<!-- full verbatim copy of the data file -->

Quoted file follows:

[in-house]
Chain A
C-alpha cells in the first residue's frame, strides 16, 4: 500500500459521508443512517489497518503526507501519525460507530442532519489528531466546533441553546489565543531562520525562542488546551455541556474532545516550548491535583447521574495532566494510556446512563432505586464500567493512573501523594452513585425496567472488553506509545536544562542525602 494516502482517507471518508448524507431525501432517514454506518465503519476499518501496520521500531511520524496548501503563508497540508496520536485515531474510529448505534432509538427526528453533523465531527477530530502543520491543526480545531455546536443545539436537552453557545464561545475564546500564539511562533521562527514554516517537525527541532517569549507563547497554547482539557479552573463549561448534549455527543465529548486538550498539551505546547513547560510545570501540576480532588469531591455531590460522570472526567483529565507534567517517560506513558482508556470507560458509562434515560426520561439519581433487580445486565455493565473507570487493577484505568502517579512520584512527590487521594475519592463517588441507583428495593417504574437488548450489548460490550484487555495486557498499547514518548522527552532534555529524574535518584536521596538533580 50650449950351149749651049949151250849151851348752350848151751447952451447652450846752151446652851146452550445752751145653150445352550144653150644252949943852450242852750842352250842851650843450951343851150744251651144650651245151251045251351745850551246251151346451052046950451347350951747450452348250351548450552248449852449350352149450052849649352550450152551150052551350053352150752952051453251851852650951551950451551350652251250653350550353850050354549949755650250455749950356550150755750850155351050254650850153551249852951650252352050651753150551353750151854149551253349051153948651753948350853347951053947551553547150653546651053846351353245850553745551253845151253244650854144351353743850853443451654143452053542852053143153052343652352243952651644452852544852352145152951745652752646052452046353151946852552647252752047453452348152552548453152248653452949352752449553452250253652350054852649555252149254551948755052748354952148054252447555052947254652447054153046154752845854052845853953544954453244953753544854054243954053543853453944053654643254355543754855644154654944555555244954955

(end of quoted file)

[in-house]
Chain A
C-alpha cells in the first residue's frame, strides 16, 4: 500500500459521508443512517489497518503526507501519525460507530442532519489528531466546533441553546489565543531562520525562542488546551455541556474532545516550548491535583447521574495532566494510556446512563432505586464500567493512573501523594452513585425496567472488553506509545536544562542525602 494516502482517507471518508448524507431525501432517514454506518465503519476499518501496520521500531511520524496548501503563508497540508496520536485515531474510529448505534432509538427526528453533523465531527477530530502543520491543526480545531455546536443545539436537552453557545464561545475564546500564539511562533521562527514554516517537525527541532517569549507563547497554547482539557479552573463549561448534549455527543465529548486538550498539551505546547513547560510545570501540576480532588469531591455531590460522570472526567483529565507534567517517560506513558482508556470507560458509562434515560426520561439519581433487580445486565455493565473507570487493577484505568502517579512520584512527590487521594475519592463517588441507583428495593417504574437488548450489548460490550484487555495486557498499547514518548522527552532534555529524574535518584536521596538533580 50650449950351149749651049949151250849151851348752350848151751447952451447652450846752151446652851146452550445752751145653150445352550144653150644252949943852450242852750842352250842851650843450951343851150744251651144650651245151251045251351745850551246251151346451052046950451347350951747450452348250351548450552248449852449350352149450052849649352550450152551150052551350053352150752952051453251851852650951551950451551350652251250653350550353850050354549949755650250455749950356550150755750850155351050254650850153551249852951650252352050651753150551353750151854149551253349051153948651753948350853347951053947551553547150653546651053846351353245850553745551253845151253244650854144351353743850853443451654143452053542852053143153052343652352243952651644452852544852352145152951745652752646052452046353151946852552647252752047453452348152552548453152248653452949352752449553452250253652350054852649555252149254551948755052748354952148054252447555052947254652447054153046154752845854052845853953544954453244953753544854054243954053543853453944053654643254355543754855644154654944555555244954955